- Places to Explore
- Travel Tips
- Fodor's Choice
Destination D.C.'s free, 85-page publication, the Official Visitors' Guide, is full of sightseeing tips, maps, and contacts. You can order a copy online or by phone, or pick one up in their office (enter on I Street).
The most popular sights in D.C. are run by either the National Park Service (NPS) or the Smithsonian, both of which have recorded information about locations and hours of operation.
Events and Attractions
National Park Service (202/619–7275 "Dial-a-Park". www.nps.gov.)
Smithsonian (202/633–1000; 202/633–5285 TTY. www.si.edu.)
State of Maryland (866/639–3526. www.visitmaryland.org.)
Virginia Tourism Corporation (800/847–4882. www.virginia.org.)
Destination DC (901 7th St. NW, 4th fl., Downtown, Washington, DC, 20001. 202/789–7000 or 800/422–8644. www.washington.org.)
Before your trip, be sure to check out what other travelers are saying in the Forums on www.fodors.com.
All About Washington, D.C.
The Smithsonian website (www.si.edu) is a good place to start planning a trip to the Mall and its museums. The National Gallery has its own website, too (www.nga.gov). You can check out the exhibitions and events that will be held during your visit.
Cultural Tourism D.C. (www.culturaltourismdc.org) is a nonprofit coalition whose mission is to highlight the city's arts and heritage. Their website is loaded with great information about sights, special events, and neighborhoods, including self-guided walking tours.
Billing itself as D.C.'s online community for the Web, dcregistry.com (www.dcregistry.com) lists more than 4,000 home pages with everything from arts and entertainment to real estate. There are discussion forums and a chat room, too.
Downtown D.C. Business Improvement District (www.downtowndc.org) is a nonprofit that oversees the 140-block area from the White House to the U.S. Capitol. The website has special events, shopping, and dining listings and information about the wonderful red, white, and blue uniformed D.C. SAMs, roving hospitality specialists linked to a central dispatcher by radio. In spring and summer, SAMs (which stands for safety, administration, and maintenance) are available to help visitors with directions, information, and emergencies. You'll spot their hospitality kiosks near Metro stops and major attractions.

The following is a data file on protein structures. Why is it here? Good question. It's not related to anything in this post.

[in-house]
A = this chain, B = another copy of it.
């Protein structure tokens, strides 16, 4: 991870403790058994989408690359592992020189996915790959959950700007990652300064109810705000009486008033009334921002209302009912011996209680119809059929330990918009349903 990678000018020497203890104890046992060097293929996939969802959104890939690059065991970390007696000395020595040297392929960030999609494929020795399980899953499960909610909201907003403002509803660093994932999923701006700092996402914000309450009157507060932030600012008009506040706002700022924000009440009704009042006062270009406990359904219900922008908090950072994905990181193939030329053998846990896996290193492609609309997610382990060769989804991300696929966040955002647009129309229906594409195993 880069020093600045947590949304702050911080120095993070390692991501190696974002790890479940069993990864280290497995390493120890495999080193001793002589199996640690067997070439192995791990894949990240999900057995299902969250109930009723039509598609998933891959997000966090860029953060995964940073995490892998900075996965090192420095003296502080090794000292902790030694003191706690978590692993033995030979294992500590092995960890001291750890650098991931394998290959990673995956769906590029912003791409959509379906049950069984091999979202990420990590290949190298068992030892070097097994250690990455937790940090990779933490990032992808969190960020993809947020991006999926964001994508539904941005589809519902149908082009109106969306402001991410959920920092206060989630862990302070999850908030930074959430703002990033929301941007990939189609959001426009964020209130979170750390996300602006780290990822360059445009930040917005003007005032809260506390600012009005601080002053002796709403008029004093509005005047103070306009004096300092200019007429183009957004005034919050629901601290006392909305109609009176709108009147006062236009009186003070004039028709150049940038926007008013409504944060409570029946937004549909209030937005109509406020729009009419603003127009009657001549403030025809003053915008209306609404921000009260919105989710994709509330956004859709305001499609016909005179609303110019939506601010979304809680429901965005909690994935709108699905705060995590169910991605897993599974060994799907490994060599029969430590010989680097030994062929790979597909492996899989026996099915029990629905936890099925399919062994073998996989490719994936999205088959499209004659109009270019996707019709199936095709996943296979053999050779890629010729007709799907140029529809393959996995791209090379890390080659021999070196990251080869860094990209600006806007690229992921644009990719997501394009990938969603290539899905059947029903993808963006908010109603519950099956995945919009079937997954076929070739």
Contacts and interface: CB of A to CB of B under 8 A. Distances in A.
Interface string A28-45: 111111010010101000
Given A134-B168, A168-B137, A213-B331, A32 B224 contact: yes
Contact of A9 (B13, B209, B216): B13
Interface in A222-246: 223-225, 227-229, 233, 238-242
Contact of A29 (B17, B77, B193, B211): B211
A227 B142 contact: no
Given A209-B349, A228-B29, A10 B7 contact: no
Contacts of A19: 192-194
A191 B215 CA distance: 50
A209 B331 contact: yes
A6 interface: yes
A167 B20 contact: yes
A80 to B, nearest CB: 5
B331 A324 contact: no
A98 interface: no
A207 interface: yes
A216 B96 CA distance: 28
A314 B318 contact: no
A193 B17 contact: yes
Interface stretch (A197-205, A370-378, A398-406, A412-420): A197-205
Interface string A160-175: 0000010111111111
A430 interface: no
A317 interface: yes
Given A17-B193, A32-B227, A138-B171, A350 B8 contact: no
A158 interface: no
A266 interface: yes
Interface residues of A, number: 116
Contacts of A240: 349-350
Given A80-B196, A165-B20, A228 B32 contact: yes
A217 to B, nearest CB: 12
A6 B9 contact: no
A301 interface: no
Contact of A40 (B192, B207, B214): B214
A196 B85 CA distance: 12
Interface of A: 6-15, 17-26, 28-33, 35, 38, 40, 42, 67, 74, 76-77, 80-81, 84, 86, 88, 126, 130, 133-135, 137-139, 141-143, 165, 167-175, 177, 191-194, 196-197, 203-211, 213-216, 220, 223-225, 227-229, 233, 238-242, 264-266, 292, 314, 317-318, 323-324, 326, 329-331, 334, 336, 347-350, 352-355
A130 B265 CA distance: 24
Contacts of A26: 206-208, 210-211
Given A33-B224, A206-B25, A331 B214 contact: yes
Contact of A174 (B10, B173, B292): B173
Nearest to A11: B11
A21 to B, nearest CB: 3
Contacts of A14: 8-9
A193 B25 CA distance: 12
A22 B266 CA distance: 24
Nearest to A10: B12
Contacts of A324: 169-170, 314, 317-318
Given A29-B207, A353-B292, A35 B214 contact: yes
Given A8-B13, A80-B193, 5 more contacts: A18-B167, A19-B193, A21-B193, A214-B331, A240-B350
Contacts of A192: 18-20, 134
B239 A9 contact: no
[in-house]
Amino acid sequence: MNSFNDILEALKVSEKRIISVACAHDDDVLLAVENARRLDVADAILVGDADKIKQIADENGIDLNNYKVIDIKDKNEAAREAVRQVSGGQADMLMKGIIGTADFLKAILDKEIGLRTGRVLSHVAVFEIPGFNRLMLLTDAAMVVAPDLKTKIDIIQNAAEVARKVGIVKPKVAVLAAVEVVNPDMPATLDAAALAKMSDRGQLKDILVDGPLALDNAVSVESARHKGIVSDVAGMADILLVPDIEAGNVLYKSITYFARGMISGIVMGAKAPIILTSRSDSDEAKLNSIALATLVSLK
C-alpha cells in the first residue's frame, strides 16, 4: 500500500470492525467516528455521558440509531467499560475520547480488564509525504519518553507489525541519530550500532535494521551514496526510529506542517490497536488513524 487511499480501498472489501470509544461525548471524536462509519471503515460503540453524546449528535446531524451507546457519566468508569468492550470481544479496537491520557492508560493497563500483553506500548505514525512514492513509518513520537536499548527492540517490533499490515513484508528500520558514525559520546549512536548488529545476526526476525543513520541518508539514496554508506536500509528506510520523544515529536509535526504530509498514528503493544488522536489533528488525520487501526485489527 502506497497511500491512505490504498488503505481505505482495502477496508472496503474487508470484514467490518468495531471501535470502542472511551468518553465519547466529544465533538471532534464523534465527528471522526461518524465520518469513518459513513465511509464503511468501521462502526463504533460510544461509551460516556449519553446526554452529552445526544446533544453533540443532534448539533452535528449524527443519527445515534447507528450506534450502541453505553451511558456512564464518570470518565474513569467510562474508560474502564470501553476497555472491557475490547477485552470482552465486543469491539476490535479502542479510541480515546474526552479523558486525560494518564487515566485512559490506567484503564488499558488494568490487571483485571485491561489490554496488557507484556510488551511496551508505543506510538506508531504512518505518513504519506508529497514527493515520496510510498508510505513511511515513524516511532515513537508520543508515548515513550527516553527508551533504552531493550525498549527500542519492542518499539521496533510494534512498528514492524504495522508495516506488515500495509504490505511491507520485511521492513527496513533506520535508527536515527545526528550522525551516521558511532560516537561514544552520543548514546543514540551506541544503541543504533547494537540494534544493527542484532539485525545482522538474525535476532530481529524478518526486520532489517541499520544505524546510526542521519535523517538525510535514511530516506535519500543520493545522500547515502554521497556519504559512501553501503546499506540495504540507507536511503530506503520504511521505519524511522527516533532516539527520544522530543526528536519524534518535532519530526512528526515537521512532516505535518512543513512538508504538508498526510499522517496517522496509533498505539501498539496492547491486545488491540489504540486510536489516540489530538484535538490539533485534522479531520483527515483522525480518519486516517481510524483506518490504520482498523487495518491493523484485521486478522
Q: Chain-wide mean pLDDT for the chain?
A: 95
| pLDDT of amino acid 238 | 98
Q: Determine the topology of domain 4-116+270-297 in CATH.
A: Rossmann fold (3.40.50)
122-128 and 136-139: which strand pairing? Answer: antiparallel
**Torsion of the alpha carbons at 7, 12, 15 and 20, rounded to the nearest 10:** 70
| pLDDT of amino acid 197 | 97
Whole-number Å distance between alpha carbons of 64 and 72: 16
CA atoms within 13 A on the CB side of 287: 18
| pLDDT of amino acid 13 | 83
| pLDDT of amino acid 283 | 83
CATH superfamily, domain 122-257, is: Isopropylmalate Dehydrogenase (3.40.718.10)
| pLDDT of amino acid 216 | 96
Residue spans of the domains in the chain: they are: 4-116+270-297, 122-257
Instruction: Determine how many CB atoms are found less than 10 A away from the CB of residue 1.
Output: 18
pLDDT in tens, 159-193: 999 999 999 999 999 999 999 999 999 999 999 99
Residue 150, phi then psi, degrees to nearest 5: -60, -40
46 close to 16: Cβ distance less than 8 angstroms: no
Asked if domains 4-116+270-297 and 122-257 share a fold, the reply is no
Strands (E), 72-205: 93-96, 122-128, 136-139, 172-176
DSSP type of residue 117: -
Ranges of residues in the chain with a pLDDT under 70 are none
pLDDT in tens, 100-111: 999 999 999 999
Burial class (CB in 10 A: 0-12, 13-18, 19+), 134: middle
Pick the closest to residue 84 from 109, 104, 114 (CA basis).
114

Gay and Lesbian
Washington, D.C., is a very inclusive town, with an active gay community and plenty of gay-friendly hotels, nightlife, and events. In addition to news and features, both Washington Blade (www.washingtonblade.com) and Metro Weekly (www.metroweekly.com) have guides to gay bars and clubs, including a calendar of events.
Kids and Families
washingtonfamily.com (www.washingtonfamily.com) features a "Best for Families" as voted on by area families. Families may also want to check out washingtonparent.com (www.washingtonparent.com) and kidfriendlydc.com (www.kidfriendlydc.com), a blog with loads of kid-friendly events, deals, and activities
News and Happenings
The website of the Washington Post (www.washingtonpost.com) has a fairly comprehensive listing of what's going on around town. Also check out the site of Washington CityPaper (www.washingtoncitypaper.com), a free weekly newspaper. The Washingtonian (www.washingtonian.com) is a monthly magazine. For personalized emails of things to do, member reviews, and listings of half-price show and event tickets in D.C. and other major cities nationwide, register for free at www.goldstar.com, an online entertainment company. The Cultural Alliance of Greater Washington (www.ticketplace.org) also has an online listing of half-price tickets to theater, dance, music, and opera performances.
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